German choc firm shifts packaging to Poland in search of cheaper labor

By Annie Harrison-Dunn

- Last updated on GMT

Hachez production shift: There has been some local reaction, but on the whole understanding, says marketing manager
Hachez production shift: There has been some local reaction, but on the whole understanding, says marketing manager

Related tags Employment Poland

Hachez, owned by the Danish Toms Group, will move part of its packaging production from Germany to Poland in an attempt to claw back some of its recent losses.

Martin Thorup Haagensen, marketing manager for Toms Group, told ConfectioneryNews that Hachez had been suffering losses for the last couple of years, meaning action was needed to make savings and regain its competitive standing. 

Haagensen said the company had chosen Poland because there were “lower salaries”​ in this region.

The move comes just weeks after the announcement that Germany will introduce its first-ever national minimum wage, previously being one of only seven of the 28 European Union member states not to have a pay minimum. Asked if this had influenced the company's decision to shift packaging production, he said no. "In the confectionery industry in Germany significantly higher wages than the minimum wage are negotiated between employer/employee organizations."

The decision to shift some packing operations has put a question mark over 71 Bremen workers, and will see packaging production of gift boxes and novelties transferred to the parent company's already existing sites in Leszno, Poland in time for Easter 2015. Chocolate production would remain in its north western German site.

Haagensen said the firm had an internal saving target figure, but would not be making this public. "But, the saving is significant, otherwise we wouldn’t have done it." 

Asked if such a move based on wages might reflect badly on the firm, he said: “Of course we considered that, and there have been some reactions like that locally. But generally there is an understanding that we are making losses.”

The bare minimum

According to the Federation of European Employers, in 2014 the minimum wage for full-time adult workers aged 23 and over in Poland was 1,680 zlotys per month (€404.69), based on a 40-hour week and 52-week year. Meanwhile, Germany approved its first-ever national minimum wage earlier this month at €8.50 per hour. Comparing this new hourly minimum to the Polish monthly minimum, €404.69 would constitute to just over 47 and a half hours of work at a €8.50 per hour rate.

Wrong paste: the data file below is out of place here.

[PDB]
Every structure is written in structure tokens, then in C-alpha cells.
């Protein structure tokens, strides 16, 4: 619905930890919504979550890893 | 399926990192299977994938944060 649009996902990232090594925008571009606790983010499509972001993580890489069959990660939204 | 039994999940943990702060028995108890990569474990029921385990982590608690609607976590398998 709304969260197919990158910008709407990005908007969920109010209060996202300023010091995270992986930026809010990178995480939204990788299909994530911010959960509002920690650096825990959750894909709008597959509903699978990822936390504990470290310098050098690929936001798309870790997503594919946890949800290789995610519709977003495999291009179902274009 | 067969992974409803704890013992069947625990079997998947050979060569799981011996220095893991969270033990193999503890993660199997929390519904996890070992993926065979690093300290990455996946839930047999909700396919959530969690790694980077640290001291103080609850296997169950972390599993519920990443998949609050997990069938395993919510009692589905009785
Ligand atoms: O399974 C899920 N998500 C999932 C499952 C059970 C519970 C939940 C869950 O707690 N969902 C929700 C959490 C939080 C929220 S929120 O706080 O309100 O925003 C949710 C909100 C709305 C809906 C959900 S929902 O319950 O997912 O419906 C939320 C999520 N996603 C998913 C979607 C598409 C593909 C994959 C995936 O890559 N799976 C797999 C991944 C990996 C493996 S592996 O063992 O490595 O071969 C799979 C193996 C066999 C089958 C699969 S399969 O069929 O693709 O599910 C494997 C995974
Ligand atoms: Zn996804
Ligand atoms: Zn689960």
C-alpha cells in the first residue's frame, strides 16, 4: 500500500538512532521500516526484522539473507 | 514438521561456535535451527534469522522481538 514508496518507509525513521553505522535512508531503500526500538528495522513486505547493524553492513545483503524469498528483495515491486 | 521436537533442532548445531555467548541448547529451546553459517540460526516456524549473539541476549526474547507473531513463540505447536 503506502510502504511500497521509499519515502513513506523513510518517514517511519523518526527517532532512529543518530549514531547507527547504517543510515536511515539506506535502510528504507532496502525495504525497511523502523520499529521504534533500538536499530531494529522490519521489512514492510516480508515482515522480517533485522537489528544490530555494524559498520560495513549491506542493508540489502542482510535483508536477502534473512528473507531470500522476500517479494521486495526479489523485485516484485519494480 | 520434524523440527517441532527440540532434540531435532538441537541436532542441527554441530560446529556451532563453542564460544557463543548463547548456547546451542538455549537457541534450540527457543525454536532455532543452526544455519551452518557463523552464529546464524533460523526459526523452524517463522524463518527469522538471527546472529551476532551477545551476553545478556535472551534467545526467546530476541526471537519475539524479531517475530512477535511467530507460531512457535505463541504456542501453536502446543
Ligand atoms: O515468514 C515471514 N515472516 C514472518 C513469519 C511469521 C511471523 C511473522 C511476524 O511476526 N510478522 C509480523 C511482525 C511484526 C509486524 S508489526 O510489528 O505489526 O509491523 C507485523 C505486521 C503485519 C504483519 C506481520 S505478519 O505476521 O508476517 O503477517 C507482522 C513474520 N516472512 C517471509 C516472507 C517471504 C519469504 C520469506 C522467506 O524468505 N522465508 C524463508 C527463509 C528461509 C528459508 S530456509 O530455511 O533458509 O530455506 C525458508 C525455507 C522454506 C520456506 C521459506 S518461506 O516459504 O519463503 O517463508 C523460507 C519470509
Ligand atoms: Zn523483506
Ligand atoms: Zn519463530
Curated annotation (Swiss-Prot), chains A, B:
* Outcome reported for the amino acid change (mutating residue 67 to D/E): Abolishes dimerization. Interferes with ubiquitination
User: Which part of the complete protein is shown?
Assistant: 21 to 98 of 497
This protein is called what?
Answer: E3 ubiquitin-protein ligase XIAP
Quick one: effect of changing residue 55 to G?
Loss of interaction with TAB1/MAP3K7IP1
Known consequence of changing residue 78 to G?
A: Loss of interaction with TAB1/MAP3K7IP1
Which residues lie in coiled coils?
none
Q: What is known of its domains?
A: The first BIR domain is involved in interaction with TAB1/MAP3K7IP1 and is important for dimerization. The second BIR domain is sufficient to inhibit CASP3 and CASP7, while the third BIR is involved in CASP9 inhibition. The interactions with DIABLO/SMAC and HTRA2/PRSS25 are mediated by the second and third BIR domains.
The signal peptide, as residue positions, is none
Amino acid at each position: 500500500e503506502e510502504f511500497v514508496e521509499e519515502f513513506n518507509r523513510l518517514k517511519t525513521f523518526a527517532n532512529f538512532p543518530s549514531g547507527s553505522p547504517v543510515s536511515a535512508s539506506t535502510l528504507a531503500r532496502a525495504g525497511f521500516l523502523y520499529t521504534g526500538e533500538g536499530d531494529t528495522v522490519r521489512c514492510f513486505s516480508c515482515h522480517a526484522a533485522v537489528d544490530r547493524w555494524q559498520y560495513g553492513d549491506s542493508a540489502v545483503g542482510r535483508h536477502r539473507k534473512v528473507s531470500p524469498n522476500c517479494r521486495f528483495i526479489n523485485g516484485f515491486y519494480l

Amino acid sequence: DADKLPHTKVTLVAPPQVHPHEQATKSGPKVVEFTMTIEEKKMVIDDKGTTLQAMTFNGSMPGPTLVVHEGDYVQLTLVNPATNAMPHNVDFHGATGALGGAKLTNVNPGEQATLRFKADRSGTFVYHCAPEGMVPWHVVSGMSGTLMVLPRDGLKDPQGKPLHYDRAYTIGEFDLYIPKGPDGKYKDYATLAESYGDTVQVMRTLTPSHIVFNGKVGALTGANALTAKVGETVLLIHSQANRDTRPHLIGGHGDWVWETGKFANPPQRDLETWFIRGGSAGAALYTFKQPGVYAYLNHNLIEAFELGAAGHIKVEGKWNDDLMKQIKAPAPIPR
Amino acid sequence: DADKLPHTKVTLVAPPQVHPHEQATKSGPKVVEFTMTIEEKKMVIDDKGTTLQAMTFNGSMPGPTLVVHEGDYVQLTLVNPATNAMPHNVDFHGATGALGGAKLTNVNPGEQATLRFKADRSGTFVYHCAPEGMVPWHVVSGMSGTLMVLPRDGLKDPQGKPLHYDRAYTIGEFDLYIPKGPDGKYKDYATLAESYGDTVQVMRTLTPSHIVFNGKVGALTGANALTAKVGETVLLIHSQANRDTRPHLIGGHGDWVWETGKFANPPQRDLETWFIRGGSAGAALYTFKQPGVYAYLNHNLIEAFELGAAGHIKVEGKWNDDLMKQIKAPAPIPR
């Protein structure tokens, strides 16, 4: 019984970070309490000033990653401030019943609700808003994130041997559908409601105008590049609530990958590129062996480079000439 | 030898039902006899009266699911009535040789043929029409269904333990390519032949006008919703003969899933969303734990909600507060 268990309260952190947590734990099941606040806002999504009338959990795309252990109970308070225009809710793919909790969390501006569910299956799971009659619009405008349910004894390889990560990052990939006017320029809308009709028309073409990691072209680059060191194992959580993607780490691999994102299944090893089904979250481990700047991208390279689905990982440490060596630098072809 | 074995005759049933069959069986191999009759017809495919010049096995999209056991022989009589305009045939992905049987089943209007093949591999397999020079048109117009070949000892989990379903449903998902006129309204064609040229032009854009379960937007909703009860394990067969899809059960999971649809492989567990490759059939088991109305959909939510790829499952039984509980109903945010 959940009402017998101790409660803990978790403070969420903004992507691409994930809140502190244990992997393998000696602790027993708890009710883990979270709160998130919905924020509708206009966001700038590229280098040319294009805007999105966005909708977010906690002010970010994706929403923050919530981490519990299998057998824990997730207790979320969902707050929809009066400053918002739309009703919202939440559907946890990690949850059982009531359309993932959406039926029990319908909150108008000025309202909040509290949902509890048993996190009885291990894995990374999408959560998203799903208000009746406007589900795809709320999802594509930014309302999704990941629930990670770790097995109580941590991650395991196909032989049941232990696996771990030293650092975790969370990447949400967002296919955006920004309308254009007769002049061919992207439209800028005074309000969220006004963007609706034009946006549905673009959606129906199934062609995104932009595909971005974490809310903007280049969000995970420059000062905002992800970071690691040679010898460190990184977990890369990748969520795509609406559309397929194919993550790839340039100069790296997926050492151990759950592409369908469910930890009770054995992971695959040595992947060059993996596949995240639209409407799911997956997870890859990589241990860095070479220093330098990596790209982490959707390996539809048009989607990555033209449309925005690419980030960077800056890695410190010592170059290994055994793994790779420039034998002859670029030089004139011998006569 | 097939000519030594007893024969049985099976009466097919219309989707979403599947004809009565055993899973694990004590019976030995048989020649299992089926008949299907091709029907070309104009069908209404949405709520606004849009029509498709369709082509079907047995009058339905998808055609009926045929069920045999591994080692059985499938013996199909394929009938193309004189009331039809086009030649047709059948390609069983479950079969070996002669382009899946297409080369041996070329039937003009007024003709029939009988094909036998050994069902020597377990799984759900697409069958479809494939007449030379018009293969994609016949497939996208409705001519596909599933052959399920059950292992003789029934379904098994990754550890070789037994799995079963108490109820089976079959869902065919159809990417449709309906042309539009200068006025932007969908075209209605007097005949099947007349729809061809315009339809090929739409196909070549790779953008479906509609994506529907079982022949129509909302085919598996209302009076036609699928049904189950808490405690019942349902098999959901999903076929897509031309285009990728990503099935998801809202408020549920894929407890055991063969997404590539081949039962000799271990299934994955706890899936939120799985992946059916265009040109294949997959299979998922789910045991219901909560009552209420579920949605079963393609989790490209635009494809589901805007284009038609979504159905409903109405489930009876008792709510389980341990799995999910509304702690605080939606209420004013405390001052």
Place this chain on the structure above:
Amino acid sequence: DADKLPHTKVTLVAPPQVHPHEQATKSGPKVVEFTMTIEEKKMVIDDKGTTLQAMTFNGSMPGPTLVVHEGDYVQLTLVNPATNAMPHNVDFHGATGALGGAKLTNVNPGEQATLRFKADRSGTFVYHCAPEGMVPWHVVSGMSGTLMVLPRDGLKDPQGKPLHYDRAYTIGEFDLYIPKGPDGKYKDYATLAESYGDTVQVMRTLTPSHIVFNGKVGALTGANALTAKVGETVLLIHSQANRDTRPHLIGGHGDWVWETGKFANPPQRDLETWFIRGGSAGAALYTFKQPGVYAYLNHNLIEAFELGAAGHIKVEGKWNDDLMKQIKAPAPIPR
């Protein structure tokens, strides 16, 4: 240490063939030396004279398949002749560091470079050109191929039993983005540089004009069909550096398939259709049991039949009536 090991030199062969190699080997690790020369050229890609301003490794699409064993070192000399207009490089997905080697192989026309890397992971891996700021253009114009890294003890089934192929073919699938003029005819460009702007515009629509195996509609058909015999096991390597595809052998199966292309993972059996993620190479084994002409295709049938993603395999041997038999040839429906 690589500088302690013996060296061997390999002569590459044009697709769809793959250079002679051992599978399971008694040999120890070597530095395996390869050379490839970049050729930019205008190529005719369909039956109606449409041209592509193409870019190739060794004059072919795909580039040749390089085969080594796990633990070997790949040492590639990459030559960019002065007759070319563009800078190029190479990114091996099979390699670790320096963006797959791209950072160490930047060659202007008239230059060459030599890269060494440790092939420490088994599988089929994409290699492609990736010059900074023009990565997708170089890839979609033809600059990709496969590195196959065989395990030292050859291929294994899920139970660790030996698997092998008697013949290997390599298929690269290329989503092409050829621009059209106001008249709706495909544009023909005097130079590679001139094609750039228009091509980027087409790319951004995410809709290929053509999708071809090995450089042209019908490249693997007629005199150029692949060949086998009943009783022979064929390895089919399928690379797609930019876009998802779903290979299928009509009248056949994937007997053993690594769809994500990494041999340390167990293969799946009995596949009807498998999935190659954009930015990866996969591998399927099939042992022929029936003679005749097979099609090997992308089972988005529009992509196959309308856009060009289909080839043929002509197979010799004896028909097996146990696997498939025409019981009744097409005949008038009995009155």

The changes are set to take effect in January 2015, with the German government granting a two-year grace period for some employers. The wage will not cover minors, interns, trainees or long-term unemployed people for their first six months of work.

The proposed changes, which still have to pass through the country’s upper house, have been met with some opposition from German business leaders who say it will hit firms’ ability to hire and export. The Deutsche Bank published a report on potential impacts of the decision entitled ‘Minimum wage at EUR 8.50: The wrong policy choice’​, in which it predicted that between 450,000 and one million jobs would be lost.

According to the IWH institute in Halle, roughly 12% of workers in Western Germany and one in four in Eastern Germany earn less than €8.50 an hour.

Layoffs and union talks

Haagensen said automation of the Bremen plant had been considered as an alternative option, but it was concluded this would only lead to similar staff losses.

Responding to the decision, the Union of Food and Catering for the regions of Bremen-Weser-Elbe (NGG) called for as many jobs to be saved within the company as possible in upcoming talks.

Dieter Nickel, NGG CEO for the Bremen branch, said if next year saw layoffs, the union expected “reasonable compensation benefits”.

Haagensen said it would be working with the union to establish options for the 71 employees which could include early retirement or work within the company performing “other tasks”​. However, he admitted that in order to make the target savings, some jobs would be lost, although it was not yet possible to say how many.

The company also said it would be looking into which tasks were currently outsourced, evaluating options of performing these “internally again”​ to create employment alternatives.

He said that there were no plans to move chocolate production from Bremen; where it had “always been produced”​.

Union leader Nickel added that although it had been disappointed with the conclusion of previous talks, he "welcome[d] the company’s announcement to maintain the production and management in Bremen and to invest more in the traditional brands Hachez and Feodora. Lack of maintenance of these brands in the past few years is indeed one of the causes for the present difficult situation."

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